Press Staff Report
After several informal attempts of communication from the state and two subpoenas filed in August, California Attorney General Xavier Becerra filed a petition to the Superior Court of California against Amazon, Inc. on Monday in an effort to get the corporation to comply with an ongoing investigation started in the spring about its workplace COVID-19 compliance.
“Amazon has made billions during this pandemic relying on the labor of essential workers. Their workers get the job done while putting themselves at risk,” said Becerra in a statement. “It’s critical to know if these workers are receiving the protections on the job that they are entitled to under the law. Time is of the essence. Amazon has delayed responding adequately to our investigative requests long enough. We’re seeking a court order to compel Amazon to comply fully with our investigative subpoenas.”
In the state's petition, which can be viewed at the Office of the Attorney General's website, Becerra documents multiple correspondences sent from his office to Amazon, asking for specifics on the corporation's workplace health and safety measures. This includes the nature and extent of Amazon's prevention efforts, its sick leave policies, cleaning procedures and data on the number of COVID-19 infections and related deaths at its California facilities.
Amazon released a blog post at the beginning of October, along with a spreadsheet listing its COVID-19 case rate percentages for its close to 1.5 million employees, state-by-state, from March 1 through Sept. 19. In this timeline, Amazon reported that 14.6 out of 1000 of its California workers, or 1.46%, tested positive for COVID-19 out of the total 19,816 positive cases that were reported within the company.
"All in, we've introduced or changed over 150 processes to ensure the health and safety of our teams, including distributing over 100 million face masks, implementing temperature checks at sites around the world, mandating enhanced cleaning procedures at all of our sites, and introducing extensive social distancing measures to reduce the risk for our employees," Amazon said in its blog post.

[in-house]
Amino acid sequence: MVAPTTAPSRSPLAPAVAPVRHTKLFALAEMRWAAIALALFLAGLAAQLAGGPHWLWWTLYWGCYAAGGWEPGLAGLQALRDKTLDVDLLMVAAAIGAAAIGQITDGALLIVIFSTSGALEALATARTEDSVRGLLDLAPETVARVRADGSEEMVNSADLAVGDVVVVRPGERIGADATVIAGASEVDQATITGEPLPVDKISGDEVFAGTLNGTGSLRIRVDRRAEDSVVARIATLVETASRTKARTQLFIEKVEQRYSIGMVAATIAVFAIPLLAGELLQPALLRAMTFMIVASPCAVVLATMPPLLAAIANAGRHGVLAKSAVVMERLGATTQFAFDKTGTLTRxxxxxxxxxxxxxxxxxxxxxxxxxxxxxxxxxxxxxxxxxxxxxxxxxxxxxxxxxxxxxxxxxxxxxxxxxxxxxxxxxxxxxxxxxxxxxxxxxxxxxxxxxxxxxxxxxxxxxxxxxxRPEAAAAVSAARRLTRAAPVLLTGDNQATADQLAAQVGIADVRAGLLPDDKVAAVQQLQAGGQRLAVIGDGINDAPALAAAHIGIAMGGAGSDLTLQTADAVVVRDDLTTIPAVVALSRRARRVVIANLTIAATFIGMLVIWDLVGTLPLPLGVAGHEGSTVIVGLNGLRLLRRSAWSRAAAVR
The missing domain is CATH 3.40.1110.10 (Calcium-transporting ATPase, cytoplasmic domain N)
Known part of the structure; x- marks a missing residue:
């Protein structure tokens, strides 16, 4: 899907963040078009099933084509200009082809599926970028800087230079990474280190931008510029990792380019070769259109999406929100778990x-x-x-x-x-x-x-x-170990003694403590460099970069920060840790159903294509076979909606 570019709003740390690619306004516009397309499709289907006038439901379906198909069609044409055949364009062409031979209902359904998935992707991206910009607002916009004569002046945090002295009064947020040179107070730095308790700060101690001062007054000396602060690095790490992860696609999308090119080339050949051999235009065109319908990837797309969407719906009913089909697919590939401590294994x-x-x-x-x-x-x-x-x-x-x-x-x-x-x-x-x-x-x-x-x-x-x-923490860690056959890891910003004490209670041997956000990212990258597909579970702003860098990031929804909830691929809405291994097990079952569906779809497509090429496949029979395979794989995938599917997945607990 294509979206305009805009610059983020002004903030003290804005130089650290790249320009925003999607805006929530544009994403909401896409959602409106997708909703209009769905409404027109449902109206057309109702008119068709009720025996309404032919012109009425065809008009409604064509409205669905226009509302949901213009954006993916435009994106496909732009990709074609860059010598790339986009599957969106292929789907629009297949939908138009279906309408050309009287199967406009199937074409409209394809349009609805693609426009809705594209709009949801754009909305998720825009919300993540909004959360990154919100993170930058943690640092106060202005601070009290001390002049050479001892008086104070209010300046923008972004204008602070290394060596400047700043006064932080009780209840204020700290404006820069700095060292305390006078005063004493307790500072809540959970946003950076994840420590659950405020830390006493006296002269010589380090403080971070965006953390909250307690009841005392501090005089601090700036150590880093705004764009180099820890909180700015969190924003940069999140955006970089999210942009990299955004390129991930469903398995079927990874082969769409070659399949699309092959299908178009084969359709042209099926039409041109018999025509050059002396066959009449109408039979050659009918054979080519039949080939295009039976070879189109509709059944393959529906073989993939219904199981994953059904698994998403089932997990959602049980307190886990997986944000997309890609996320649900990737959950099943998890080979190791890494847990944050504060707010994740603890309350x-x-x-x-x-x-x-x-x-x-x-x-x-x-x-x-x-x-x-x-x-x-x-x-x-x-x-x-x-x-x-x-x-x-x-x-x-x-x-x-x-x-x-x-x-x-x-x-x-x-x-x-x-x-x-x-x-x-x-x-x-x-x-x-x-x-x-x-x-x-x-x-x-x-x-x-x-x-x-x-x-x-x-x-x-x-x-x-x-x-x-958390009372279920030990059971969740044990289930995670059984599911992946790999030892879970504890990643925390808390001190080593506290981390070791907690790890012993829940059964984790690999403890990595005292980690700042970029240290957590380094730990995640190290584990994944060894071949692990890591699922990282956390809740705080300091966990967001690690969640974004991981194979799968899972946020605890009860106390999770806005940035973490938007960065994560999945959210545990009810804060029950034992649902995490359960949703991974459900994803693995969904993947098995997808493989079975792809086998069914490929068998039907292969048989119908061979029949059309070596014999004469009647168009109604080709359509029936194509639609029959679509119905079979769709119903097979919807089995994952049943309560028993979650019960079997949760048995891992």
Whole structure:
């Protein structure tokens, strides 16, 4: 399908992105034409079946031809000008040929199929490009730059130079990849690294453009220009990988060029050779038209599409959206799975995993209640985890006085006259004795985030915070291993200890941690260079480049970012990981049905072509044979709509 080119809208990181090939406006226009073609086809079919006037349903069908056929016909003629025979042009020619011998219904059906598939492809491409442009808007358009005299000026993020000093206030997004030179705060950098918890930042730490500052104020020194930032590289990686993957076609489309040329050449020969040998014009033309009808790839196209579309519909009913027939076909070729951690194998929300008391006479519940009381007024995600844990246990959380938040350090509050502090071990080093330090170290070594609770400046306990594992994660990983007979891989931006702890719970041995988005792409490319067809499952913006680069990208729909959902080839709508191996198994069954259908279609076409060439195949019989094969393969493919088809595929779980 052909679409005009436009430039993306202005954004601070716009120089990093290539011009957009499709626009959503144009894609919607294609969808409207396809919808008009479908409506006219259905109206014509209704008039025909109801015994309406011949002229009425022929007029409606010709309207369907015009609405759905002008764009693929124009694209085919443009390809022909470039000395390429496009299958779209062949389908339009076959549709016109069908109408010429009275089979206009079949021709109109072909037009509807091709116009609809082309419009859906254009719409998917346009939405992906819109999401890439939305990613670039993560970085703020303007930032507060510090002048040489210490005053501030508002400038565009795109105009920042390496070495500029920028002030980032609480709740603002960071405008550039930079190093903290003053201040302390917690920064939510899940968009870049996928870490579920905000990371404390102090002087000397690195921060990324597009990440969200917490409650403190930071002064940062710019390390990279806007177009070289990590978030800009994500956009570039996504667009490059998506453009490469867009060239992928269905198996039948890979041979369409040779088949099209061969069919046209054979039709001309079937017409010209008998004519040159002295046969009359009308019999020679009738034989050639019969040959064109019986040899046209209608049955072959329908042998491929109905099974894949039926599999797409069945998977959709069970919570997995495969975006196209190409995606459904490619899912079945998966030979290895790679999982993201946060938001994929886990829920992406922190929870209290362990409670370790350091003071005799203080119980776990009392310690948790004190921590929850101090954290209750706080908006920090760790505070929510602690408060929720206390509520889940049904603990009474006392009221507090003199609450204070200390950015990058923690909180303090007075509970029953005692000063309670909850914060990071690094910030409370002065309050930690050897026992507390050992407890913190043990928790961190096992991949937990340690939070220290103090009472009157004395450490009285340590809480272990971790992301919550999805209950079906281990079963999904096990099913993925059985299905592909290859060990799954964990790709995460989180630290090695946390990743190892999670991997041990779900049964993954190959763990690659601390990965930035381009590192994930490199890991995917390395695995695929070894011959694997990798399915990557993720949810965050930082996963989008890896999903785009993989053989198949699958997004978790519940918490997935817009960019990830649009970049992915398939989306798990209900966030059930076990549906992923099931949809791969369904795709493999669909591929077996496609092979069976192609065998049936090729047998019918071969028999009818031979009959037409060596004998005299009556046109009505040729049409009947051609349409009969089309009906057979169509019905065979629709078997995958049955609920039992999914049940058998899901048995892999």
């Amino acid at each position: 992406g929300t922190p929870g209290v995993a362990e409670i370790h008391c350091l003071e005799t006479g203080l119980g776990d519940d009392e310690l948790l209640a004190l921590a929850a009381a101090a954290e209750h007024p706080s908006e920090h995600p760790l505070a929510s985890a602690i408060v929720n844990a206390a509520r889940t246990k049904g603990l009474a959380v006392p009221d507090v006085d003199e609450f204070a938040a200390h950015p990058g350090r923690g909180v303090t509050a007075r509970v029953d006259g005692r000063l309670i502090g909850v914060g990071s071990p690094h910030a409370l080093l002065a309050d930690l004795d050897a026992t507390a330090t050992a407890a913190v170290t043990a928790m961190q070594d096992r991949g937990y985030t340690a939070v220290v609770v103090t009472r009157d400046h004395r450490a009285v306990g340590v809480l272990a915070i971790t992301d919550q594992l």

Amazon further detailed that, among its revised processes, the company has eliminated stand-up meetings during shifts, moved information sharing to bulletin boards, staggered break times, and spread out chairs in break rooms as some of its new practices. Additionally, it stated that cleaning occurs across each worksite about every 90 minutes to sanitize door handles, stairway handrails, lockers, elevator buttons and touch screens.
When asked during a press conference what about Amazon's public report was considered inadequate, Becerra said the state's investigative subpoenas filed in August were more specific in its questions.
"If we are putting it out there for the court to consider, it is because we have not fully received the information that we should have in response to those questions, which legitimately, lawfully have been presented to Amazon. And so, while they may have put out some information to the public, clearly they have not provided the specific information that we've requested through the subpoena," Becerra said.
In its 2020 quarterly reports, Amazon has reported profit increases of over $20 billion per quarter compared to its 2019 quarter results, due to the increased demand of online shopping brought on by the COVID-19 pandemic. This has consequently led to the need to hire more employees for its facilities.
This year in Tracy, the company added its third major logistics center, which started with an initial 600 employees. When he spoke to Tracy Press in November, Amazon spokesperson Xavier Van Chau mentioned that Amazon planned to add an additional 1,100 workers to its Tracy workforce. Its other two facilities employed an estimated 3,500 workers combined according to the City of Tracy's Economic Development division.
The number of COVID-19 outbreaks from each individual site has not been specified by Amazon, but the company stated that it is sure to inform its employees as soon as a case or potential case has been reported, and that it conducts the necessary quarantine and contact tracing procedures.
An official court date has not yet been decided by the Superior Court of California. If Amazon still does not comply with the state's demands after its hearing, the court can decide to impose unspecified penalties to the company, which can include fines or charges for punitive damages.
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